This book contains a checklist of vampire and werewolf films sorted in order of preference. The ranking is established by the sum of 8 ratings: stars, gimmick, rewatchability, story, creativity, acting, quality and creepiness. How many have you seen?
An instant classic in the re-making!
Wes Craven's self-referential sequel, technically a spin-off of A Nightmare on Elm Street but part of the collection, tells the hypothetical story of the artists, cast and crew, responsible for the success of the franchise discovering they are being haunted by the creature they gave life to, as if subject to a pop culture egregore.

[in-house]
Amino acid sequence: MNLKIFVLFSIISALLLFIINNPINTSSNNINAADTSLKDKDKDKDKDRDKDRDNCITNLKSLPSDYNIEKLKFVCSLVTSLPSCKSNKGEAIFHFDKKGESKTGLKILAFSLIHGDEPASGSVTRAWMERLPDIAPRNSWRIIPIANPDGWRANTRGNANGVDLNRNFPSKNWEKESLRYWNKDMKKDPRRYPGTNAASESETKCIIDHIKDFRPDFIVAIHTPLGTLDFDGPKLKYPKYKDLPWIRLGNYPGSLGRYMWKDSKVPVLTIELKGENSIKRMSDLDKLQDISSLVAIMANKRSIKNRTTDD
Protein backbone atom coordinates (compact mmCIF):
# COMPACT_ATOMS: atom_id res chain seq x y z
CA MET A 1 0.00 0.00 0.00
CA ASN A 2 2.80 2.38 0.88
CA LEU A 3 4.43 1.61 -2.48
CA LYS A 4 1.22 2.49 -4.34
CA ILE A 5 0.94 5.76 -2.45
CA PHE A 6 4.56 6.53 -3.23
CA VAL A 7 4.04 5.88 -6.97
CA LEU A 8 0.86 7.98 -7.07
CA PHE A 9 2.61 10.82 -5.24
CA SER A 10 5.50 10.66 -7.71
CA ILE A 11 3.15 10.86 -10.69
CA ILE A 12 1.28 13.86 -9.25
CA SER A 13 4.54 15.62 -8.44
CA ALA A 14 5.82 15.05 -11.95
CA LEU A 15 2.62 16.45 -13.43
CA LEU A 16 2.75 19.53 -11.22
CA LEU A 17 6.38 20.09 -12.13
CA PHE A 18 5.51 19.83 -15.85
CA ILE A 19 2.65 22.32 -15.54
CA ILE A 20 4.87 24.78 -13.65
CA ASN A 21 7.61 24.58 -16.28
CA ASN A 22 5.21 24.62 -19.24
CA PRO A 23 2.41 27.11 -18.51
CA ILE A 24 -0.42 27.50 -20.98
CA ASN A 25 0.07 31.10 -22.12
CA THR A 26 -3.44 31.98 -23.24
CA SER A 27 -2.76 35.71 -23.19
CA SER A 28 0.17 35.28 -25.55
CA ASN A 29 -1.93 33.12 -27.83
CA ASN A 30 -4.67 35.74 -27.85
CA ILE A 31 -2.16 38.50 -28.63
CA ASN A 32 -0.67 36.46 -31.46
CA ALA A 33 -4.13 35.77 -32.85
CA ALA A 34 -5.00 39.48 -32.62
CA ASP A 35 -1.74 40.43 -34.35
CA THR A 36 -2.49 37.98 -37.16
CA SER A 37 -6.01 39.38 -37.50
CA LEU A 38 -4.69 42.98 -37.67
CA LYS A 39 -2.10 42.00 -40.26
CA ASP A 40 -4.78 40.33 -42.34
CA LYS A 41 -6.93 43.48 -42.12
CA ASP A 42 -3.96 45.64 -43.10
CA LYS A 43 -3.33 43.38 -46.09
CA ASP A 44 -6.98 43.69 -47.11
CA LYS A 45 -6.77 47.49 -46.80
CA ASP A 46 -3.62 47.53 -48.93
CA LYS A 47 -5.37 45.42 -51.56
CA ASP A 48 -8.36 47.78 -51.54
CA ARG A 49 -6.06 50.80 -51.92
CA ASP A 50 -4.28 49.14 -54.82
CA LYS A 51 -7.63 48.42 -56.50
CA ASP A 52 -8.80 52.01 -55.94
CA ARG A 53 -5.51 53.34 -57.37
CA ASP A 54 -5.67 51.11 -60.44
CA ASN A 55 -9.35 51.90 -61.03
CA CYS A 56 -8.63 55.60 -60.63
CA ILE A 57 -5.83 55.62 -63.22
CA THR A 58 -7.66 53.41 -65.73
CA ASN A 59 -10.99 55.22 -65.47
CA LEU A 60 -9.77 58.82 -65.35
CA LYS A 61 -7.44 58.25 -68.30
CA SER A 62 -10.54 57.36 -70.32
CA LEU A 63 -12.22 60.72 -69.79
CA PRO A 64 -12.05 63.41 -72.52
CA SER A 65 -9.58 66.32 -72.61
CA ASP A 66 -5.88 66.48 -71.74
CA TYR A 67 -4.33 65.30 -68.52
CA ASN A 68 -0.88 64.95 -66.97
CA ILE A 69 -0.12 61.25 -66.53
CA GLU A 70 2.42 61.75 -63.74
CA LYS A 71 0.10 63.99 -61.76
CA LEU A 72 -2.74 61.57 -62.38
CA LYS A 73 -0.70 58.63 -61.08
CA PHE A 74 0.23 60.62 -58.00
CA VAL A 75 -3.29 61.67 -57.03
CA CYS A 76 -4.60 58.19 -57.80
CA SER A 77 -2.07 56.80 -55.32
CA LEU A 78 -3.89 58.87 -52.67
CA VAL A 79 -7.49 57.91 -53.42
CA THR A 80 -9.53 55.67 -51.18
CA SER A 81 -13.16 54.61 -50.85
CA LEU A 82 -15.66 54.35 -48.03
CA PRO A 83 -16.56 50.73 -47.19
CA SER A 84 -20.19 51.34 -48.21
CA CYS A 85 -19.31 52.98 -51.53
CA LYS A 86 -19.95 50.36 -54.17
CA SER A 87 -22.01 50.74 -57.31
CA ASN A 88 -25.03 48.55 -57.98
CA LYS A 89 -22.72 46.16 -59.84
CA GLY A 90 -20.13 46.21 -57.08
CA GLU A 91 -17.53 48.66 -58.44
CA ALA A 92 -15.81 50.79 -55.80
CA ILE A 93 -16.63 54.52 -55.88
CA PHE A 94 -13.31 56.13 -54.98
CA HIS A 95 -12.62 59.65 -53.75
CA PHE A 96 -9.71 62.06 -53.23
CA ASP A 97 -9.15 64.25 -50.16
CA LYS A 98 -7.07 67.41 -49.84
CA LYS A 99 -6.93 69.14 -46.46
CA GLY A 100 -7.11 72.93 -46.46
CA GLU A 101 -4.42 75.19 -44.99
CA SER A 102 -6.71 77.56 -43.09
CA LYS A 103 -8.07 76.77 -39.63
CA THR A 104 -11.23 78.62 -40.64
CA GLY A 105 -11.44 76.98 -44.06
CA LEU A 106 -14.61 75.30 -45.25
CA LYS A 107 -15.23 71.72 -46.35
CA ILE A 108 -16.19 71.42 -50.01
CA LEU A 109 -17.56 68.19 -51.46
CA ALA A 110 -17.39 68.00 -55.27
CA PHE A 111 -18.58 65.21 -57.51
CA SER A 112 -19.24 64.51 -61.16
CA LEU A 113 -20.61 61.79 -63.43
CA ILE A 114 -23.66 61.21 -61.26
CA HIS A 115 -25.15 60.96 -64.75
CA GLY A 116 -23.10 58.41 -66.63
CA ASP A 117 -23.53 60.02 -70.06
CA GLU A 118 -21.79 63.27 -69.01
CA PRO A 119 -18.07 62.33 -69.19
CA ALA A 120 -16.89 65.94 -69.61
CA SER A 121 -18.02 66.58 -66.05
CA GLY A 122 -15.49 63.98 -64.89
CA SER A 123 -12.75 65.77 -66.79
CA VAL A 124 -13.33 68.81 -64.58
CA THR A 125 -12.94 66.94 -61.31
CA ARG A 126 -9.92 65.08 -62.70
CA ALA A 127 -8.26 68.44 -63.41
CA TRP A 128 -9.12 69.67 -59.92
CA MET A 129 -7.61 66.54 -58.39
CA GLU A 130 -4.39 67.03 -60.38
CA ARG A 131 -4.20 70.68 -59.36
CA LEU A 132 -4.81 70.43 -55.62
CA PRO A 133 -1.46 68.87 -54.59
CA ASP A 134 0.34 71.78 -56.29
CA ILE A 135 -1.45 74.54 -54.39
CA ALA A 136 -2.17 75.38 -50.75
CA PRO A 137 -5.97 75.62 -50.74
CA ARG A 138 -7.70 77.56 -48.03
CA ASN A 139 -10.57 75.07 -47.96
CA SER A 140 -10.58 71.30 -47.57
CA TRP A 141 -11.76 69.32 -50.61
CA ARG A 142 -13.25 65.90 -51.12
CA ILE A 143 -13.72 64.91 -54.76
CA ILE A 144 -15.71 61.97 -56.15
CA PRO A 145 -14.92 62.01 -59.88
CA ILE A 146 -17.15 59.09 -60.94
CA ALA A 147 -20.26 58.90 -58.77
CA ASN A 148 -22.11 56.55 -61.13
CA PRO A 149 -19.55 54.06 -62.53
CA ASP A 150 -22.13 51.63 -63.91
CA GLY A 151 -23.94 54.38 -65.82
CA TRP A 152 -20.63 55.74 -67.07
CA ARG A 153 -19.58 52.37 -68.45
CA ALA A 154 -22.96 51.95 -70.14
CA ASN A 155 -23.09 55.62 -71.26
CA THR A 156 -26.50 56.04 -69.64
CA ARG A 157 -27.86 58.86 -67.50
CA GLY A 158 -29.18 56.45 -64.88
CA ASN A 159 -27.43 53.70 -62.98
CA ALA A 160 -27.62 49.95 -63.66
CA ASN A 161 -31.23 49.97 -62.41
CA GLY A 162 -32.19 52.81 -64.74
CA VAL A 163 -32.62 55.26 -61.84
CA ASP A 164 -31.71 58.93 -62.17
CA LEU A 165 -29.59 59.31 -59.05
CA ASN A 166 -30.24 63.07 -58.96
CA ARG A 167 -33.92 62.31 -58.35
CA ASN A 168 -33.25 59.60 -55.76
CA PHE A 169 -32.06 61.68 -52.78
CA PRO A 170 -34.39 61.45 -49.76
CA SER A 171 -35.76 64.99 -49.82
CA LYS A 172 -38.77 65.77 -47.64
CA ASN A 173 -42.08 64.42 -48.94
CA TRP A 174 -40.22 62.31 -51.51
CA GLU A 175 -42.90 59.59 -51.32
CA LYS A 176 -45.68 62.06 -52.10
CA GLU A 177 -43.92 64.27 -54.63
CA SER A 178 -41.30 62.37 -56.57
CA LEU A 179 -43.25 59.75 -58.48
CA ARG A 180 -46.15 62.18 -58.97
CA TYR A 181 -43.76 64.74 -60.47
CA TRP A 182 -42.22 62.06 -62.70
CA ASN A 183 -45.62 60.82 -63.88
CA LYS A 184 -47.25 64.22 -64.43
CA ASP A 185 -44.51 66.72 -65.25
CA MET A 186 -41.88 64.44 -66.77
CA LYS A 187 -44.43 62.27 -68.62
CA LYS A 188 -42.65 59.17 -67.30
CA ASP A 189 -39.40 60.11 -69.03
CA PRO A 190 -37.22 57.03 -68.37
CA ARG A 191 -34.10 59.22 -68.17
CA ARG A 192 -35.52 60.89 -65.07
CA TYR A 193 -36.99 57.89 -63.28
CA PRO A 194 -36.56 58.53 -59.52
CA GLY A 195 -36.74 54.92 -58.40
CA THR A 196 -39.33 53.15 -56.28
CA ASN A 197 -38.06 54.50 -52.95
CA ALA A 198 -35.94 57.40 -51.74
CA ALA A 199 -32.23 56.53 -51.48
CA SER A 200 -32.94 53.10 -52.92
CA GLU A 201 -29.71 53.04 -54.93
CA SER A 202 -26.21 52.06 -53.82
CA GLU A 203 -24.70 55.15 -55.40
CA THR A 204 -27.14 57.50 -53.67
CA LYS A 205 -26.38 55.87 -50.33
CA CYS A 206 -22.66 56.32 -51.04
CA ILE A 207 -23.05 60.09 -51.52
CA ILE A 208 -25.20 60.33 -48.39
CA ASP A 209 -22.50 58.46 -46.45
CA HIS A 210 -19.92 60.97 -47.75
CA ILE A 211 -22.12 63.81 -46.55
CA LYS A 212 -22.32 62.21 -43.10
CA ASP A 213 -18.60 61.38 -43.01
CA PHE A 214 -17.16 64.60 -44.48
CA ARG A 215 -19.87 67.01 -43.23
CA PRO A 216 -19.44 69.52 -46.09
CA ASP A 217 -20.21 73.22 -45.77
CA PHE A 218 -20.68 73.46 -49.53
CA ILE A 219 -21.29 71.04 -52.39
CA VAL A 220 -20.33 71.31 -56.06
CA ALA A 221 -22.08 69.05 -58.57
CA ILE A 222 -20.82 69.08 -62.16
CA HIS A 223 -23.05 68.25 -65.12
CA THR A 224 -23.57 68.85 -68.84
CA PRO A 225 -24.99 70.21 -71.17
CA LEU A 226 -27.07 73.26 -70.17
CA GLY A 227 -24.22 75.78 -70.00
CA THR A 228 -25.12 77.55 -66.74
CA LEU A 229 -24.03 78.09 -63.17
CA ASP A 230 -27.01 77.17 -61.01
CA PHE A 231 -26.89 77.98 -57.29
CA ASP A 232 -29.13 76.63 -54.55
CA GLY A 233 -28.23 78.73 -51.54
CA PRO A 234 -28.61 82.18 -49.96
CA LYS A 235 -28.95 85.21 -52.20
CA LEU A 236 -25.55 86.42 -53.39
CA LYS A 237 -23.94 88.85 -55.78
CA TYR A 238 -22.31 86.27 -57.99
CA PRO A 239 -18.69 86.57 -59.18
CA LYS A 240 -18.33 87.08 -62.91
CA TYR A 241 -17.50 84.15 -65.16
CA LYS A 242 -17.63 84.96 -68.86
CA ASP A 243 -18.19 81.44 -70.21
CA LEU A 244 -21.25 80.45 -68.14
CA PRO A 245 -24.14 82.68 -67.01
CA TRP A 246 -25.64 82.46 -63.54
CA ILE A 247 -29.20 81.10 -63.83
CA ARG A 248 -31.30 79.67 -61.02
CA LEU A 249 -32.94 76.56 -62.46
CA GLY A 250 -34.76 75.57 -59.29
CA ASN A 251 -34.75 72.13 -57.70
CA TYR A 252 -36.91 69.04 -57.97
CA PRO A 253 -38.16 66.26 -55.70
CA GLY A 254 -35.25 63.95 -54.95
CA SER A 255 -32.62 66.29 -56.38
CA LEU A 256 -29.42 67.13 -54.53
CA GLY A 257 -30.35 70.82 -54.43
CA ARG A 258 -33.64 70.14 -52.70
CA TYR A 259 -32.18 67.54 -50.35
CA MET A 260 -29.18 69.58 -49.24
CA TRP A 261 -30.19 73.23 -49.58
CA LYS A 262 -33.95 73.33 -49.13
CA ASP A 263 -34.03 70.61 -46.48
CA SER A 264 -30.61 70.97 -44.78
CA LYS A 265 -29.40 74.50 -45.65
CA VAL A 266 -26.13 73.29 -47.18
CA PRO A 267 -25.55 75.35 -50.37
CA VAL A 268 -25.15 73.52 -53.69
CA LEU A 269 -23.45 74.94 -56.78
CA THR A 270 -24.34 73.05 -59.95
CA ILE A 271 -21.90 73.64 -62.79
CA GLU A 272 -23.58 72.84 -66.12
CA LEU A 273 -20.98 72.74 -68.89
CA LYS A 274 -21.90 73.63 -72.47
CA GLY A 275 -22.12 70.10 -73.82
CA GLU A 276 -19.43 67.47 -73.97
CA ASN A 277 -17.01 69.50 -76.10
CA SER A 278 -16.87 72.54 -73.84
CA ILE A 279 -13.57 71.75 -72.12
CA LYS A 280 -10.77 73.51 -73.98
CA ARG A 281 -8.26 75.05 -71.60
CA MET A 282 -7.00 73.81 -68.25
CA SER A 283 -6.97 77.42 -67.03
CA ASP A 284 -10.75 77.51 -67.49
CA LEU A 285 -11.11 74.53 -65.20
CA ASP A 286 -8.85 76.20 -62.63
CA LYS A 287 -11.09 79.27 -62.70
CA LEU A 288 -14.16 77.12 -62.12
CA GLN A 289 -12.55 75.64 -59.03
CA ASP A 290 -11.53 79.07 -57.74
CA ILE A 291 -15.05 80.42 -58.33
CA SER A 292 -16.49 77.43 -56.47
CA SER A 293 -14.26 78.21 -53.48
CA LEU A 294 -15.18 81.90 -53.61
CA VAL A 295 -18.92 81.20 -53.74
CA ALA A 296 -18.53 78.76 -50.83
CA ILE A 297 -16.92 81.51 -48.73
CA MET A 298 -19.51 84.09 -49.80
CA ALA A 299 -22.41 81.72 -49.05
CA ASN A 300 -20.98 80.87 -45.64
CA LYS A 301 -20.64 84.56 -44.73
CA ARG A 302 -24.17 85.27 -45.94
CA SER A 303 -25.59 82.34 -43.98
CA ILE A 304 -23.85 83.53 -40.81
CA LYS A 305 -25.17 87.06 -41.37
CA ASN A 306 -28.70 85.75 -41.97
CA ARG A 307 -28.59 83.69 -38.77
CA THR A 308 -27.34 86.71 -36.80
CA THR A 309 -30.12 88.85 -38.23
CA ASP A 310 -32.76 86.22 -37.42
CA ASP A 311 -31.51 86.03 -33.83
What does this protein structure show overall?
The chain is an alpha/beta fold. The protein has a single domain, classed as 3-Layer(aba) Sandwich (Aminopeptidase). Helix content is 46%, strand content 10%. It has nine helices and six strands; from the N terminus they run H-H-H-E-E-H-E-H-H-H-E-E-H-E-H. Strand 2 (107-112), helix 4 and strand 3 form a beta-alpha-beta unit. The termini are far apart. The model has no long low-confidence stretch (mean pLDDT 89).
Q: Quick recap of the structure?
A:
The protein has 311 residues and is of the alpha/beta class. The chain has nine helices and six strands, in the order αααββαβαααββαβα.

The great script, cinematography and performances, including a plausible child actor that isn't annoying, make New Nightmare stand out in the series. It is down to earth and watered down in terms of scares, surrealism and gore, and no longer fun, let alone funny. The original film worked on an emotional level more than its sequels did because it took this path. Like this one, it was much sinister.
A lot of familiar names, actors from previous films, namely, play themselves. Some are mere cameos; others have a significance in the plot. Clues, winks and homages are there to be found by the true fan. In this, Heather Langenkamp, the "Nancy" character, has a child of her own and lives with the fear she helped spread on screen: the fear that sleep is coming to get you and the ones you love.